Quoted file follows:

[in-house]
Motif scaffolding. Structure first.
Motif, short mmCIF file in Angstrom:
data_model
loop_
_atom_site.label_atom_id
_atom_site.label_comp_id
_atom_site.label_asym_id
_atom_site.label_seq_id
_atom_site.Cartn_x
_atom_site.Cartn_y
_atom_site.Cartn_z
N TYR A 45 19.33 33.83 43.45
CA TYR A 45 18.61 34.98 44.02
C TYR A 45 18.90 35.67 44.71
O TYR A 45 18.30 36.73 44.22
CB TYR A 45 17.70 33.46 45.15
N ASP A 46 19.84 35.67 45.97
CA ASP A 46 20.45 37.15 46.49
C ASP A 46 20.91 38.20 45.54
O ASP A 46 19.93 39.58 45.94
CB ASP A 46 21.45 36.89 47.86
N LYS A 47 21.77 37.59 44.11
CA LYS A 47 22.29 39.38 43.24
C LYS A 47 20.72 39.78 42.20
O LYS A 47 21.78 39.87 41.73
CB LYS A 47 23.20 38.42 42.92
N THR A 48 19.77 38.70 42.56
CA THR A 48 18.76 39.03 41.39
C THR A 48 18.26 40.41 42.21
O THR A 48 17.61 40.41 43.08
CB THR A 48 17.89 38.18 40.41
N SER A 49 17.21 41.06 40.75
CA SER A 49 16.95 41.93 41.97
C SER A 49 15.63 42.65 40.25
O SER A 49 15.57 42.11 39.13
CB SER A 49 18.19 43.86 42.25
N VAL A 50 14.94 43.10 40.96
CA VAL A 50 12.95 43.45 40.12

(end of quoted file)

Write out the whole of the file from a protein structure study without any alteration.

[in-house]
Motif scaffolding. Structure first.
Motif, short mmCIF file in Angstrom:
data_model
loop_
_atom_site.label_atom_id
_atom_site.label_comp_id
_atom_site.label_asym_id
_atom_site.label_seq_id
_atom_site.Cartn_x
_atom_site.Cartn_y
_atom_site.Cartn_z
N TYR A 45 19.33 33.83 43.45
CA TYR A 45 18.61 34.98 44.02
C TYR A 45 18.90 35.67 44.71
O TYR A 45 18.30 36.73 44.22
CB TYR A 45 17.70 33.46 45.15
N ASP A 46 19.84 35.67 45.97
CA ASP A 46 20.45 37.15 46.49
C ASP A 46 20.91 38.20 45.54
O ASP A 46 19.93 39.58 45.94
CB ASP A 46 21.45 36.89 47.86
N LYS A 47 21.77 37.59 44.11
CA LYS A 47 22.29 39.38 43.24
C LYS A 47 20.72 39.78 42.20
O LYS A 47 21.78 39.87 41.73
CB LYS A 47 23.20 38.42 42.92
N THR A 48 19.77 38.70 42.56
CA THR A 48 18.76 39.03 41.39
C THR A 48 18.26 40.41 42.21
O THR A 48 17.61 40.41 43.08
CB THR A 48 17.89 38.18 40.41
N SER A 49 17.21 41.06 40.75
CA SER A 49 16.95 41.93 41.97
C SER A 49 15.63 42.65 40.25
O SER A 49 15.57 42.11 39.13
CB SER A 49 18.19 43.86 42.25
N VAL A 50 14.94 43.10 40.96
CA VAL A 50 12.95 43.45 40.12